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Black Pepper (Piper nigrum)

Black Pepper (Piper nigrum)

*This statement has not been evaluated by the Food and Drug Administration. This product is not intended to diagnose, treat, cure, or prevent any disease.

About

Black pepper grows in India and other tropical Asian countries. Black pepper is one of the most commonly used spices in the world. Black pepper and white pepper both come from the same plant species. But they are prepared differently. Black pepper is made by cooking the dried unripe fruit. White pepper is made by cooking and drying the ripe seeds.

People take black pepper by mouth for arthritis, asthma, upset stomach, bronchitis, a bacterial infection that causes diarrhea (cholera), colic, depression, diarrhea, gas, headache, sex drive, menstrual pain, stuffy nose, sinus infection, dizziness, discolored skin (vitiligo), weight loss, and cancer.

People apply black pepper to the skin for measles, nerve pain, itchy skin caused by mites (scabies), and to treat pain.

People inhale black pepper oil to prevent falls, to help quit smoking, and for trouble swallowing.

In foods, black pepper and black pepper oil are used as a spice.

How does it work?

Black pepper contains a chemical called piperine. This chemical seems to have many effects in the body. It seems to reduce pain, improve breathing, and reduce inflammation. Piperine also seems to improve brain function, but it is not clear how.

Traditionally used for

To help quit smoking.
A bacterial infection that causes diarrhea (cholera).
Arthritis.
Asthma.
Bronchitis.
Colic.
Depression.
Diarrhea..
Discolored skin (vitiligo).
Dizziness.
Gas.
Headache.
Itchy skin caused by mites (scabies).
Measles.
Menstrual pain.
Nerve pain.
Pain.
Sex drive.
Stuffy nose.
Sinus infection.
Upset stomach.
Weight loss.

Dosage

The appropriate dose of black pepper depends on several factors such as the user's age, health, and several other conditions. At this time there is not enough scientific information to determine an appropriate range of doses for black pepper (in children/in adults). Keep in mind that natural products are not always necessarily safe and dosages can be important. Be sure to follow relevant directions on product labels and consult your pharmacist or physician or other healthcare professional before using.

Possible Side Effects

Black pepper is SAFE when taken by mouth in amounts commonly found in foods.

Black pepper is SAFE when taken by mouth appropriately as medicine and when the oil is applied to the skin. Black pepper oil typically does not cause side effects. Black pepper might have a burning aftertaste. Taking large amounts of black pepper by mouth, which can accidentally get into the lungs, has been reported to cause death. This is especially true in children.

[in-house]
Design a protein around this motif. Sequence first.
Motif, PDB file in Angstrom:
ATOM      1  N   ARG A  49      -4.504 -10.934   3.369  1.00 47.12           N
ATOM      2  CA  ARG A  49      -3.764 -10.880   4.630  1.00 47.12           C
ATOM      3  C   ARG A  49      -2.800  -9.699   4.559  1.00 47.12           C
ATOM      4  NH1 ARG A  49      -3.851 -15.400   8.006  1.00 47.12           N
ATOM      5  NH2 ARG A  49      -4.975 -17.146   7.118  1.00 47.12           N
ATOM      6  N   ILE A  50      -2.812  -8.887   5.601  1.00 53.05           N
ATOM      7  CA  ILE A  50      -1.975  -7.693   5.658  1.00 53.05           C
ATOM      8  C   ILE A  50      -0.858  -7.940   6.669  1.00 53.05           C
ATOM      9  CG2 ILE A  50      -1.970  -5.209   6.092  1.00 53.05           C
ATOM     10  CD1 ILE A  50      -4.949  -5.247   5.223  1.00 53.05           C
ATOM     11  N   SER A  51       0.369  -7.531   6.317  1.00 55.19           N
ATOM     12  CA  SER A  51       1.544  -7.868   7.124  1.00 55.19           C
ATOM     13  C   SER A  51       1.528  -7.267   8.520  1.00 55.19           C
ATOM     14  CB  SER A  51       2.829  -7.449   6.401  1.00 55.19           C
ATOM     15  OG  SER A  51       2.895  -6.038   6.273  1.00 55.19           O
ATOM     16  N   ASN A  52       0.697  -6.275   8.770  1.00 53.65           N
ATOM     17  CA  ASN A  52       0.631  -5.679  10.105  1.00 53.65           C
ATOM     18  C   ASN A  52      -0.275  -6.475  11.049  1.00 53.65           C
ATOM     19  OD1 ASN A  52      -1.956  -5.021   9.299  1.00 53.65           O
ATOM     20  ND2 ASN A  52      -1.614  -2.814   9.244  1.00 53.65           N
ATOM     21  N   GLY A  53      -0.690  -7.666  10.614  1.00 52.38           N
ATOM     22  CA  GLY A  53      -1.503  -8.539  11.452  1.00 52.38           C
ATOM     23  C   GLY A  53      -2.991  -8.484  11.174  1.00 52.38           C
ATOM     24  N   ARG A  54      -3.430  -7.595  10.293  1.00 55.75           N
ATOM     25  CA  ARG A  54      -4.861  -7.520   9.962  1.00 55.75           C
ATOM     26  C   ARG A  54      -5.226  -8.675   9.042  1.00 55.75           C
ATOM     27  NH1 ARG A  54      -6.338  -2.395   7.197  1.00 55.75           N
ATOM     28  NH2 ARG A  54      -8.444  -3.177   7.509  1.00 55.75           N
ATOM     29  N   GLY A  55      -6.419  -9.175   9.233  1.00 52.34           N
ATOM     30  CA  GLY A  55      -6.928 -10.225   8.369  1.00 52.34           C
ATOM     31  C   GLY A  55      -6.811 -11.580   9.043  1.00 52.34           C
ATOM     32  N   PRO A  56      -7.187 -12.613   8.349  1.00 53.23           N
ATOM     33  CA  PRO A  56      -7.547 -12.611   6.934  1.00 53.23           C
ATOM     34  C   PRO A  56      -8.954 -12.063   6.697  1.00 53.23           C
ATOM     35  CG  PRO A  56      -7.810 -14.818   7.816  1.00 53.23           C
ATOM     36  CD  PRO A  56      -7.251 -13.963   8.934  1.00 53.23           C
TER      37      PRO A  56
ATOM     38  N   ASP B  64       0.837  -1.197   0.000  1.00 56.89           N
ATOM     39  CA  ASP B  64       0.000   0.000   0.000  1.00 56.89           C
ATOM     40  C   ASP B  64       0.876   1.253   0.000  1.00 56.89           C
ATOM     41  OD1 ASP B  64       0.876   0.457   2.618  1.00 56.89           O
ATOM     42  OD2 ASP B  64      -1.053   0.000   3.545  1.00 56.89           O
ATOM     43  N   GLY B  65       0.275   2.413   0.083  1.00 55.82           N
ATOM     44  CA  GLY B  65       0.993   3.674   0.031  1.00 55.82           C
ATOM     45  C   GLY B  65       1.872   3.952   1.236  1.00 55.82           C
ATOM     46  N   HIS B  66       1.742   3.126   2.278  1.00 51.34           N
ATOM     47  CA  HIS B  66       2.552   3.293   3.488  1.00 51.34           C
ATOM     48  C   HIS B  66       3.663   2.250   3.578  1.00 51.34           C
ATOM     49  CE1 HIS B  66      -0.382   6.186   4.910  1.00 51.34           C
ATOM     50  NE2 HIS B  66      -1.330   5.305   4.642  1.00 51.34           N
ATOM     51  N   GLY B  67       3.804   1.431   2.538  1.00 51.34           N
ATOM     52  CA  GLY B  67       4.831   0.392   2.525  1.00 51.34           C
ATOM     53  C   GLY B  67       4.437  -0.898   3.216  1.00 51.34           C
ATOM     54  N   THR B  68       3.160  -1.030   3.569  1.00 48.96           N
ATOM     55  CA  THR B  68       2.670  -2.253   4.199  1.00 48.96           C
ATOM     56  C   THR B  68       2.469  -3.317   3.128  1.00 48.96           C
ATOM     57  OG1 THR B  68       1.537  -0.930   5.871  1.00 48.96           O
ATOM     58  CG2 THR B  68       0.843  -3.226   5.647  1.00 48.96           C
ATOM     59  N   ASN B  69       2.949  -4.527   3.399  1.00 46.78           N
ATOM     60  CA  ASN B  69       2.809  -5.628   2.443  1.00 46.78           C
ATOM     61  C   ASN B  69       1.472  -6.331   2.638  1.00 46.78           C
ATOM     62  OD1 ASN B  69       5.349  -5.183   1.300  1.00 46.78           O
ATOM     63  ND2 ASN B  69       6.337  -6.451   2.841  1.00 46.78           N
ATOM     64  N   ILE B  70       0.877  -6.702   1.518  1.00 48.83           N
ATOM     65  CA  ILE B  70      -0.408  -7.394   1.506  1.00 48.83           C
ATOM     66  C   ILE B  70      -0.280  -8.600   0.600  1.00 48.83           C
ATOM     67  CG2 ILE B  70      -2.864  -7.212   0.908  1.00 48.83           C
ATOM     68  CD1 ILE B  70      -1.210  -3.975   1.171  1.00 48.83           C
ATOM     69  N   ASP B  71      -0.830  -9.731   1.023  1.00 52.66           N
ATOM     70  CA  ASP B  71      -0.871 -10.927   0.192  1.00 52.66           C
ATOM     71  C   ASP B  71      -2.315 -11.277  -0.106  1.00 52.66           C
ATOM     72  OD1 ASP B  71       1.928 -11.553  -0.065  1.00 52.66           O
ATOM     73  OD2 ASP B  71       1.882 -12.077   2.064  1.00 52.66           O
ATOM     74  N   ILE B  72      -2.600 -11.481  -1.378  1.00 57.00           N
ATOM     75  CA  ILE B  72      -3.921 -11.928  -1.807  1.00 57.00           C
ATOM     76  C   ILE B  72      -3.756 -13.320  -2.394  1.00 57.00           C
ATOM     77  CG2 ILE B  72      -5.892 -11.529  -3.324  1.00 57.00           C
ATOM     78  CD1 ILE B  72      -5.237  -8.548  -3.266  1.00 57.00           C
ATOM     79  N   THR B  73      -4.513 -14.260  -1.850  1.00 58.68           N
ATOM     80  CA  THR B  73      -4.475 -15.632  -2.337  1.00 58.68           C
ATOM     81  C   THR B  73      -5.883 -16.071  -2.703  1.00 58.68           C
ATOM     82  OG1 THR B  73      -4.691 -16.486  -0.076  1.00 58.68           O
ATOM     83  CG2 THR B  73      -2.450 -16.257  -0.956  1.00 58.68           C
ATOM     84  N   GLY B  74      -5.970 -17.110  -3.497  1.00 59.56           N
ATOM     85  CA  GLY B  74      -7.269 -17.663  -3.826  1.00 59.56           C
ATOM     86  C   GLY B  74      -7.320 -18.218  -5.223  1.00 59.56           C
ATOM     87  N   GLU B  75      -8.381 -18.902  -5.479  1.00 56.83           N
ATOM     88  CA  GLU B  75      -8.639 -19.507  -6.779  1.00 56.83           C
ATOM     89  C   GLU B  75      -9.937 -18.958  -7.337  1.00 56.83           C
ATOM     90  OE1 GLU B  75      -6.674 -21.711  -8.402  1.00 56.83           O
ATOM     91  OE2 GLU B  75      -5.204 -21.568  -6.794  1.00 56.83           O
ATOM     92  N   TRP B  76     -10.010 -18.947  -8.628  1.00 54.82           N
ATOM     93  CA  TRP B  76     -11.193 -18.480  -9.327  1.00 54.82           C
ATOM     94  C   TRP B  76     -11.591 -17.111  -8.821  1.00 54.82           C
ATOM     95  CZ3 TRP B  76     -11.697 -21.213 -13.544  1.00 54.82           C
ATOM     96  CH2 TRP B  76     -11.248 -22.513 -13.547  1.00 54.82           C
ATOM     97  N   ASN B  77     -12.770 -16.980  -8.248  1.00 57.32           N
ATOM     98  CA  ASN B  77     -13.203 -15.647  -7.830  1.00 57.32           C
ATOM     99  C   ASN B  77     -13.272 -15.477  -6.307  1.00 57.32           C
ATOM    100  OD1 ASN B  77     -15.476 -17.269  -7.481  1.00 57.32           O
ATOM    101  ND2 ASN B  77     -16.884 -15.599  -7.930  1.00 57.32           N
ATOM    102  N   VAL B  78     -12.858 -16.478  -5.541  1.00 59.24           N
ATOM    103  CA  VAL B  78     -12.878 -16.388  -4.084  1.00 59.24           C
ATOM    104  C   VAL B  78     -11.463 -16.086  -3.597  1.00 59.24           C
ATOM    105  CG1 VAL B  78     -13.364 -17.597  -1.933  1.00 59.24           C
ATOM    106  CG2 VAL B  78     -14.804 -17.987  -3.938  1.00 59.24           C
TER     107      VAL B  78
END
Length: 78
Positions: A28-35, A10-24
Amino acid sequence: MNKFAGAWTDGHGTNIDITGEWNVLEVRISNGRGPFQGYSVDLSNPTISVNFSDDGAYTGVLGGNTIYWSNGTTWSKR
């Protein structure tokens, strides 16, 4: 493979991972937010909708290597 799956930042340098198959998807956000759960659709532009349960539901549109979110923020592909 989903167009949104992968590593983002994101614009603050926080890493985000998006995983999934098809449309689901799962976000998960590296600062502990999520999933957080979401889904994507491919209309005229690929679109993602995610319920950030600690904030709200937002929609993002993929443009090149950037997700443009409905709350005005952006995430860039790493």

Special Precautions & Warnings

Pregnancy: Black pepper is SAFE when taken by mouth in amounts commonly found in foods. It is LIKELY UNSAFE when taken by mouth in large amounts during pregnancy as it might cause an abortion.

There isn't enough reliable information available to know if applying black pepper to the skin is safe while pregnant.

Breast-feeding: Black pepper is SAFE when taken by mouth in amounts commonly found in foods. There isn't enough reliable information available to know if taking black pepper as medicine is safe while breast-feeding.

Children: Black pepper is SAFE when taken by mouth in amounts commonly found in foods. It is POSSIBLY UNSAFE when taken by mouth in large amounts as deaths have been reported. There isn't enough reliable information available to know if applying black pepper oil to the skin is safe for children.

Bleeding conditions: Piperine, a chemical in black pepper, might slow blood clotting. In theory, taking black pepper in amounts greater than those in food might increase the risk of bleeding in people with bleeding disorders.

Diabetes: Black pepper might affect blood sugar levels. In theory, taking black pepper in amounts greater than those in food might affect blood sugar control in people with diabetes. Dosing adjustments for diabetes medications might be needed.

Surgery: Piperine, a chemical in black pepper, might slow blood clotting and affect blood sugar levels. In theory, taking black pepper in amounts treater than those found in food might cause bleeding complications or affect blood sugar levels during surgery. You should stop taking black pepper in amounts greater than those in food at least 2 weeks before surgery.

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